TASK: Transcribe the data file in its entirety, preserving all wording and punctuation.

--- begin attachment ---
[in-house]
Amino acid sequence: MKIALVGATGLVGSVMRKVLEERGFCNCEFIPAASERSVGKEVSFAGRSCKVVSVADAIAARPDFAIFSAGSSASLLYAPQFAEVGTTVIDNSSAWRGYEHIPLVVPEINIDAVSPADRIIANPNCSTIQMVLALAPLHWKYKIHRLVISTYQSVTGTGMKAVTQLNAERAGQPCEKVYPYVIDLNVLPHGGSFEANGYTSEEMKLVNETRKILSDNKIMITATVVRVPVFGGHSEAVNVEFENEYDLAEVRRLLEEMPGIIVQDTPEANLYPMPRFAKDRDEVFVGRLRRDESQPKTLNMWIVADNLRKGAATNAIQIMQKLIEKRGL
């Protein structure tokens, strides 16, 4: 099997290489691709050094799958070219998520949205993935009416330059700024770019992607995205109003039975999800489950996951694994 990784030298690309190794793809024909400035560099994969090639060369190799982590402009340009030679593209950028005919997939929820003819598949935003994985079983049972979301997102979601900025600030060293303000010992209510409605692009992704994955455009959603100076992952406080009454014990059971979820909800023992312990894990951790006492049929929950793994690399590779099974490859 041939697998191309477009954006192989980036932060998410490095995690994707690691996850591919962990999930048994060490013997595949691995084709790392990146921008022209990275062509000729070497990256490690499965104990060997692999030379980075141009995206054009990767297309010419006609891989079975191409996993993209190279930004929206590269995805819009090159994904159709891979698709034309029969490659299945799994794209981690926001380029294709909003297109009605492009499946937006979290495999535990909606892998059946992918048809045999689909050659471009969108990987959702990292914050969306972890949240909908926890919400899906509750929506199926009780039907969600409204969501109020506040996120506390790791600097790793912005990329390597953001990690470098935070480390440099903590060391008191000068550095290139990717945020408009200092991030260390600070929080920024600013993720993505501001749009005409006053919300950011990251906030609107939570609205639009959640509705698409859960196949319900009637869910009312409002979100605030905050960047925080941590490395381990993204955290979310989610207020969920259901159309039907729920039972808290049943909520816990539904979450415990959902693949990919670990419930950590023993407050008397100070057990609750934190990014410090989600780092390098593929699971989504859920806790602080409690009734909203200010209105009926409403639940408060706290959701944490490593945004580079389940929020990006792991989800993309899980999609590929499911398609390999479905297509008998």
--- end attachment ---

[in-house]
Amino acid sequence: MKIALVGATGLVGSVMRKVLEERGFCNCEFIPAASERSVGKEVSFAGRSCKVVSVADAIAARPDFAIFSAGSSASLLYAPQFAEVGTTVIDNSSAWRGYEHIPLVVPEINIDAVSPADRIIANPNCSTIQMVLALAPLHWKYKIHRLVISTYQSVTGTGMKAVTQLNAERAGQPCEKVYPYVIDLNVLPHGGSFEANGYTSEEMKLVNETRKILSDNKIMITATVVRVPVFGGHSEAVNVEFENEYDLAEVRRLLEEMPGIIVQDTPEANLYPMPRFAKDRDEVFVGRLRRDESQPKTLNMWIVADNLRKGAATNAIQIMQKLIEKRGL
């Protein structure tokens, strides 16, 4: 099997290489691709050094799958070219998520949205993935009416330059700024770019992607995205109003039975999800489950996951694994 990784030298690309190794793809024909400035560099994969090639060369190799982590402009340009030679593209950028005919997939929820003819598949935003994985079983049972979301997102979601900025600030060293303000010992209510409605692009992704994955455009959603100076992952406080009454014990059971979820909800023992312990894990951790006492049929929950793994690399590779099974490859 041939697998191309477009954006192989980036932060998410490095995690994707690691996850591919962990999930048994060490013997595949691995084709790392990146921008022209990275062509000729070497990256490690499965104990060997692999030379980075141009995206054009990767297309010419006609891989079975191409996993993209190279930004929206590269995805819009090159994904159709891979698709034309029969490659299945799994794209981690926001380029294709909003297109009605492009499946937006979290495999535990909606892998059946992918048809045999689909050659471009969108990987959702990292914050969306972890949240909908926890919400899906509750929506199926009780039907969600409204969501109020506040996120506390790791600097790793912005990329390597953001990690470098935070480390440099903590060391008191000068550095290139990717945020408009200092991030260390600070929080920024600013993720993505501001749009005409006053919300950011990251906030609107939570609205639009959640509705698409859960196949319900009637869910009312409002979100605030905050960047925080941590490395381990993204955290979310989610207020969920259901159309039907729920039972808290049943909520816990539904979450415990959902693949990919670990419930950590023993407050008397100070057990609750934190990014410090989600780092390098593929699971989504859920806790602080409690009734909203200010209105009926409403639940408060706290959701944490490593945004580079389940929020990006792991989800993309899980999609590929499911398609390999479905297509008998």